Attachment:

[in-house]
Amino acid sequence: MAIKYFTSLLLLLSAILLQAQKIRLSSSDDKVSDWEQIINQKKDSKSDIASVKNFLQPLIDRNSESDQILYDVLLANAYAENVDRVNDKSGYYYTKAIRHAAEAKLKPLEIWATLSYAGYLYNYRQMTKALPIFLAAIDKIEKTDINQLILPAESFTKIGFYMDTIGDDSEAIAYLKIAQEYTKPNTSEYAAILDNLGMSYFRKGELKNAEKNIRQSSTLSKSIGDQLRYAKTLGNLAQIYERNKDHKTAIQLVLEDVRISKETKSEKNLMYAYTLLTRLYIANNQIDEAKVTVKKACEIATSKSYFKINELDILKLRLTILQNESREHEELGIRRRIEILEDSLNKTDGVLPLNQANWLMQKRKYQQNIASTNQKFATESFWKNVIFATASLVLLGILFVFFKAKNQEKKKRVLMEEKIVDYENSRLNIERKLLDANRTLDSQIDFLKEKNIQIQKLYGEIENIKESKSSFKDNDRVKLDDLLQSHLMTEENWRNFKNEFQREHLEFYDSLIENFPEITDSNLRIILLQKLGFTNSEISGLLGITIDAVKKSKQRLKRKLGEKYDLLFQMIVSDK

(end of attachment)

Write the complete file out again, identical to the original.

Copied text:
[in-house]
Amino acid sequence: MAIKYFTSLLLLLSAILLQAQKIRLSSSDDKVSDWEQIINQKKDSKSDIASVKNFLQPLIDRNSESDQILYDVLLANAYAENVDRVNDKSGYYYTKAIRHAAEAKLKPLEIWATLSYAGYLYNYRQMTKALPIFLAAIDKIEKTDINQLILPAESFTKIGFYMDTIGDDSEAIAYLKIAQEYTKPNTSEYAAILDNLGMSYFRKGELKNAEKNIRQSSTLSKSIGDQLRYAKTLGNLAQIYERNKDHKTAIQLVLEDVRISKETKSEKNLMYAYTLLTRLYIANNQIDEAKVTVKKACEIATSKSYFKINELDILKLRLTILQNESREHEELGIRRRIEILEDSLNKTDGVLPLNQANWLMQKRKYQQNIASTNQKFATESFWKNVIFATASLVLLGILFVFFKAKNQEKKKRVLMEEKIVDYENSRLNIERKLLDANRTLDSQIDFLKEKNIQIQKLYGEIENIKESKSSFKDNDRVKLDDLLQSHLMTEENWRNFKNEFQREHLEFYDSLIENFPEITDSNLRIILLQKLGFTNSEISGLLGITIDAVKKSKQRLKRKLGEKYDLLFQMIVSDK